The Importance of Principle: lessons from a brutal reshuffle

by Chris Jackson

by Finito World

There is nothing, you might think, particularly edifying about a reshuffle like the one Prime Minister Boris Johnson conducted yesterday. We experience all the hoohah and fandango of politics, knowing that this episode too shall soon be in the past. Who in a few months time will be able to recall how Dominic Raab made way for Liz Truss as foreign secretary (though not before securing the dubious bauble of Deputy Prime Minister)? Who but a few scarred parents will remember how Gavin Williamson was moved for Nadhim Zahawi?

It was an image of the here-today-gone-tomorrow nature of British politics. Writing for the BBC, political editor Laura Kuenssberg remarked: “With no one strong ideology other than a desire to win, it begs the question of what it’s all really for.” Of course, success always has a certain sense of being for its own sake. It must be admitted that there is a kind of confusion at the edge of life, as to what any of it means.

And yet Kuenssberg has a point. There is something befuddling about the British system. Zahawi had spent 2021 delivering a successful vaccine rollout programme and acquiring knowledge in that area; overnight he is asked to master the complexities of the British education system – but more than that, to run it. Likewise, Steve Barclay, Chief Secretary to the Treasury, and on the eve of the autumn Spending Review, was moved to be Chancellor of the Duchy of Lancaster. Will he maintain a hand in the process he has presumably spent some time planning? His new duties are likely too onerous for that.

The necessity of the political moment can be exciting; it has the flavour of Shakespearean drama. Many pundits, swept along by the excitement of watching it unfold at close quarters, add to the giddiness by reaching for the most theatrical language imaginable. We hear of a Night of the Long Knives, and a ‘purge of the wets’, when what we are witnessing is more mundane than our news media would allow us to admit.

But as much as there is thrill here, it also opens up onto a problem which reaches into the heart of policy-making. Limited staying power is also in evidence at the civil service. Ewart Keep, a Professor at Oxford University, explains a problem at the Department for Education: “Every time you turn up there for a meeting it’s a room full of people who can’t remember the last meeting,” he tells us. It’s this lack of long-term thinking which is worrying. Compare this to the single-minded focus required to succeed in business and it’s clear why we sometimes find ourselves lamenting our inability to plan for the future.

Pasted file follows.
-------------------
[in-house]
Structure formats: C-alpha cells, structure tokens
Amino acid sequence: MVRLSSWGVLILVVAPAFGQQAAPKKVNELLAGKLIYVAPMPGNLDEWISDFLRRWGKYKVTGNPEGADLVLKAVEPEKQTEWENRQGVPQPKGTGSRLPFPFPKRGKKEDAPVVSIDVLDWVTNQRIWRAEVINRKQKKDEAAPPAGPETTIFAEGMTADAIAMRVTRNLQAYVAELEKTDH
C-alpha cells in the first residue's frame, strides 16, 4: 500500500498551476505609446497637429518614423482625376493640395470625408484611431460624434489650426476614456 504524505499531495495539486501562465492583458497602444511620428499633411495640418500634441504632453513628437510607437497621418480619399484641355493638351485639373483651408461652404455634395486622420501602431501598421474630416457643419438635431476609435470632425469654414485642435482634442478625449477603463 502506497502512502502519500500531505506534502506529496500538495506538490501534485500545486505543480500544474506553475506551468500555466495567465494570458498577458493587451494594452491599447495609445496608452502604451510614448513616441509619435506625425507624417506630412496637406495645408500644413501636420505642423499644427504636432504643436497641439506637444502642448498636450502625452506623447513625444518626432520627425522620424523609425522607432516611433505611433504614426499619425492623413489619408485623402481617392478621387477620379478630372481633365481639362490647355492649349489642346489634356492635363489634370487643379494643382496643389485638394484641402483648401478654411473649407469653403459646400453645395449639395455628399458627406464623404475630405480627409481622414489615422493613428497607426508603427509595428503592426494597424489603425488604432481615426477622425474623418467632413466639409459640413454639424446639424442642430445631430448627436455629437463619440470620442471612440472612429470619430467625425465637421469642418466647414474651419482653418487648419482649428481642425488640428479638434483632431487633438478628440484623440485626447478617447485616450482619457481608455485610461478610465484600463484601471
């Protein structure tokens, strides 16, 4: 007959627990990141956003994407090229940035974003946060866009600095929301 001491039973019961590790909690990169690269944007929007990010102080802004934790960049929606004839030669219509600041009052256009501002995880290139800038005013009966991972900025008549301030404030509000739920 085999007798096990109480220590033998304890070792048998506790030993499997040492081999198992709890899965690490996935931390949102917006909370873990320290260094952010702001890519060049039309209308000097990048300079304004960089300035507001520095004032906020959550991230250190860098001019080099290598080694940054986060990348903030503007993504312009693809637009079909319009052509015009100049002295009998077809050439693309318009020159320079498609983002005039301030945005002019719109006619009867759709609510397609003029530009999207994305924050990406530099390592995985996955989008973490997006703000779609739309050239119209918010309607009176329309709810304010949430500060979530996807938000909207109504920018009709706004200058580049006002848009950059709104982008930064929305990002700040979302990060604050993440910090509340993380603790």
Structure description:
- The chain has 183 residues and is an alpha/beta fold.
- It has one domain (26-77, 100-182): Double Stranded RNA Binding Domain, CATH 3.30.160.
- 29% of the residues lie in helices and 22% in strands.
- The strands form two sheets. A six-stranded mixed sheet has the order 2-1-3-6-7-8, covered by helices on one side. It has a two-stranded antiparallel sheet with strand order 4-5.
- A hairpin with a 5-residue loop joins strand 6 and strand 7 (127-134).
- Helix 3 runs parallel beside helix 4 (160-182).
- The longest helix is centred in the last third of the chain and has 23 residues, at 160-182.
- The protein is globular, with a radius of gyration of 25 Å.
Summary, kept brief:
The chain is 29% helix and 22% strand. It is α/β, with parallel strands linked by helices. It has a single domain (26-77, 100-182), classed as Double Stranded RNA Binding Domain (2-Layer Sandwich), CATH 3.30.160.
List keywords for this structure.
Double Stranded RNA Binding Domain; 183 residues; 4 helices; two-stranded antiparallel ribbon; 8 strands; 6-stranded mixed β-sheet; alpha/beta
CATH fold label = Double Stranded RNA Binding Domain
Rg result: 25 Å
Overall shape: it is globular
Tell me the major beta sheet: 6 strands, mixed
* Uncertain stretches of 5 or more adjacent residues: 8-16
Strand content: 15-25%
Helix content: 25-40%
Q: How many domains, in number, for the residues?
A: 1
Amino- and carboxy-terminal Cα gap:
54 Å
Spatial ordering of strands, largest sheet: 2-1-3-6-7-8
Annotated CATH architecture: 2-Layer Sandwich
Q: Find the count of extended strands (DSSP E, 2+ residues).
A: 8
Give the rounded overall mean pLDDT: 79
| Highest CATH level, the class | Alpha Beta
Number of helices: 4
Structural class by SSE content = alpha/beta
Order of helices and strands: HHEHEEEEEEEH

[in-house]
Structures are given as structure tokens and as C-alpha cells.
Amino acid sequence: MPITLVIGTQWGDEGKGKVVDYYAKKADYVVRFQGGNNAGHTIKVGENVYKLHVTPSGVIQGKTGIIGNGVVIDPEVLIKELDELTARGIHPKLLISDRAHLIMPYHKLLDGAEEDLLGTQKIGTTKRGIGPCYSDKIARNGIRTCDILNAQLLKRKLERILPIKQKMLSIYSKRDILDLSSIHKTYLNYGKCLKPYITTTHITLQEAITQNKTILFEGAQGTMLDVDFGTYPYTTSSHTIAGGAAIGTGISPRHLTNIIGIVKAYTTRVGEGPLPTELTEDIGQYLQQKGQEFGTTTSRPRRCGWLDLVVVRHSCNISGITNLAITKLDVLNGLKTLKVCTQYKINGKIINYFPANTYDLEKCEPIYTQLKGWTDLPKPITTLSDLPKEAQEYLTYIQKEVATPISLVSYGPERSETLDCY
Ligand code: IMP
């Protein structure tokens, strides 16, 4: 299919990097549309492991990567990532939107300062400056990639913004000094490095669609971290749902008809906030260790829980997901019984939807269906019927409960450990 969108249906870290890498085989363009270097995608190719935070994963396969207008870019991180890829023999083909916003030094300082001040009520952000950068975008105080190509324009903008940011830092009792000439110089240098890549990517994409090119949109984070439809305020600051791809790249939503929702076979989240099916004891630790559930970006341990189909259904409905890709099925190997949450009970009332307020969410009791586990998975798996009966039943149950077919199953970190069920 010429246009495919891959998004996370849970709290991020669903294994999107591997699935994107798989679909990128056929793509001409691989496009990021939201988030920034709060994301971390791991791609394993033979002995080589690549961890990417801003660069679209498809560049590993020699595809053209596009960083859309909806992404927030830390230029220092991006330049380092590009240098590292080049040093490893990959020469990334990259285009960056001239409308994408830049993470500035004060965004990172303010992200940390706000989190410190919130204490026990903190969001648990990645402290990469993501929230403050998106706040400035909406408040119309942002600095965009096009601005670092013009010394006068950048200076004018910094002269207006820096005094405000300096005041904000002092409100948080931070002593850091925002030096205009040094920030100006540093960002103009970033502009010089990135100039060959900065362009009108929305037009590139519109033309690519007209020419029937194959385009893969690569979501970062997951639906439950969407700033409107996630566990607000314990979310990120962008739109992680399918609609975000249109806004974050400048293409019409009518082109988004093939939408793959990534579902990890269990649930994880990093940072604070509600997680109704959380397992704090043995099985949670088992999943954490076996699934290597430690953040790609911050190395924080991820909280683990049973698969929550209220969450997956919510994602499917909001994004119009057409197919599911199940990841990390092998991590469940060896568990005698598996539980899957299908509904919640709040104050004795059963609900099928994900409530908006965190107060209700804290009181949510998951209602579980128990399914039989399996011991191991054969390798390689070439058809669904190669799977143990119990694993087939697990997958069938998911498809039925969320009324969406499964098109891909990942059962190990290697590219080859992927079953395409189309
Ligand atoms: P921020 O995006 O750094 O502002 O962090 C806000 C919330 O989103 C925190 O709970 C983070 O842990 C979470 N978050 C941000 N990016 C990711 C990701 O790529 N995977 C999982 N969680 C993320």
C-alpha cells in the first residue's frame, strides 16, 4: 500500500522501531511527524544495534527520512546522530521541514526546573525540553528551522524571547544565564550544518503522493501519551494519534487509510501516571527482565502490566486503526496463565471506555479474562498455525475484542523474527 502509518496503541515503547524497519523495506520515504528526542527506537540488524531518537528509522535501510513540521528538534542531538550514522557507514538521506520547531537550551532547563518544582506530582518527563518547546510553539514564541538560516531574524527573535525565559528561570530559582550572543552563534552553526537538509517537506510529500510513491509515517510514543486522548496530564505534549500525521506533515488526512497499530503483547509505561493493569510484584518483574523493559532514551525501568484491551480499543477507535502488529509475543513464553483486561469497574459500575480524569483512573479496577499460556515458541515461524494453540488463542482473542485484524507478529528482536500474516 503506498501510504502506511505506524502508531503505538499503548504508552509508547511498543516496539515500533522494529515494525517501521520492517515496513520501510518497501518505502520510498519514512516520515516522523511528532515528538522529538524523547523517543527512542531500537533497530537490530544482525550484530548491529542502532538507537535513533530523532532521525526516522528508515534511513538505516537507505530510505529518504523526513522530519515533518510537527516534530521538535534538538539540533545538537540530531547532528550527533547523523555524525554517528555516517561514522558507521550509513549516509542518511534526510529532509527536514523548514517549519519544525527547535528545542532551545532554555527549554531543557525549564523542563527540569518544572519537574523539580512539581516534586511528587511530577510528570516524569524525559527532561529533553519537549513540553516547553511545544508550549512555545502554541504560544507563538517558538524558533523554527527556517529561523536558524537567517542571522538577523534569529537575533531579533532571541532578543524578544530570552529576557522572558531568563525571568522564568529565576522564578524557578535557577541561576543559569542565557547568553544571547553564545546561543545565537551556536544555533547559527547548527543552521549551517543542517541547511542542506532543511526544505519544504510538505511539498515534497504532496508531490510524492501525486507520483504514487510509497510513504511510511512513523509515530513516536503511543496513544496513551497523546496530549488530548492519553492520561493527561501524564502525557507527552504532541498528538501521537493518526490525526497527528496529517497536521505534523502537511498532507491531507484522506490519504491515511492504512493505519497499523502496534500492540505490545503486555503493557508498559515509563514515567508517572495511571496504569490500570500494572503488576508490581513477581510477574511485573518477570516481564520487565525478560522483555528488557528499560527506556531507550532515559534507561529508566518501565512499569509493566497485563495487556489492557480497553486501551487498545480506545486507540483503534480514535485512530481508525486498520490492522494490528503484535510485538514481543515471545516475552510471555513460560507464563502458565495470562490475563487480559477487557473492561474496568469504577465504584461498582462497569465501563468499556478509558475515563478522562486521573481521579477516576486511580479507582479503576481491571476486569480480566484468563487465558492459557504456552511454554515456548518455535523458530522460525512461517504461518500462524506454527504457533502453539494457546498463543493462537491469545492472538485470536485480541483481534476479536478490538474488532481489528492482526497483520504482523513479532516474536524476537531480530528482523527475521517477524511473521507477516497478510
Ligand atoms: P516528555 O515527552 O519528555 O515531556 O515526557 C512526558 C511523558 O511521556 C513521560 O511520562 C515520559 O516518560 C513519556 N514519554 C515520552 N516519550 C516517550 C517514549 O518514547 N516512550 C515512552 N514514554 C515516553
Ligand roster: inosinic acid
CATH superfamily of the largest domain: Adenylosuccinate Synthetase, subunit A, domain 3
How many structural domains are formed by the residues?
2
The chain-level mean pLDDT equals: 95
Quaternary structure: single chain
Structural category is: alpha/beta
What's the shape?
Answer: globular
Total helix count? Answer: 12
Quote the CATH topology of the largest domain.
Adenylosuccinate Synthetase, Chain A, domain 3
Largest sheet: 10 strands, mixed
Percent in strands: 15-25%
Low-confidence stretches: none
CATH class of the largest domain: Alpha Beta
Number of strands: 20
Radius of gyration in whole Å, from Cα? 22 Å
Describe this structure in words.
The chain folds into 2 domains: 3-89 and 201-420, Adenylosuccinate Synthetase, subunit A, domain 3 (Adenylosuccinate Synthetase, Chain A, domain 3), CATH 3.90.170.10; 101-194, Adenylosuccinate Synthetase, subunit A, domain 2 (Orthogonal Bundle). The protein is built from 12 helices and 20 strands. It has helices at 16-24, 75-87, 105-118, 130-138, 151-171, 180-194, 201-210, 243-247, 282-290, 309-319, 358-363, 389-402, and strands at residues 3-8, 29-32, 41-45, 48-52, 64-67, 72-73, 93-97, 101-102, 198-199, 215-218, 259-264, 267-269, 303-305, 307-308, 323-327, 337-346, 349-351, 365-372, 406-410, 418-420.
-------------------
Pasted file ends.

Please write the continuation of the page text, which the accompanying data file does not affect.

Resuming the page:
And if you ever attend a fund-raising dinner you’ll see these different mindsets dramatised. Donors who have seen many prime ministers come and go sit back, knowing that they’ll attend the next dinner no matter who the prime minister is. Meanwhile ministers and advisors move around the room with an energy which feels temporary. They might own this moment, but will they even experience this room next year? And if that’s the case, are they really so powerful in the present as they seem to think?

Who’d be in politics? A successful business achieves lasting change in a way which is getting harder and harder to come by in Westminster. At Finito, we have many students whom we are happy to help in their political careers, but we would always hope that this route is embarked on with a commitment to principle. “Those are my principles and if you don’t like them – I have others,” as Groucho Marx once joked. In fact, a firm commitment to bettering the lives of others is the only thing which makes the uncertainty of top politics bearable.

So yesterday’s reshuffle is a reminder of the hurdy-gurdy nature of politics. This is theatre, and as Sir David Lidington once told us, there’s a possibility you’ll be ‘pelted with tomatoes’ at the end of it, as Robert Jenrick , Robert Buckland, Raab and Williamson all were yesterday.

If you’re thinking of politics, be sure you don’t want to do something else. Certainly, there is world of difference between success which is meaningfully tethered to some good, and success which opens up only onto itself. If you pursue the former you can’t fail; if you pursue the latter, failure is inevitable, because it will all have been for nothing in the end anyway. That was the lesson of Johnson’s reshuffle, and it wasn’t a pretty one.

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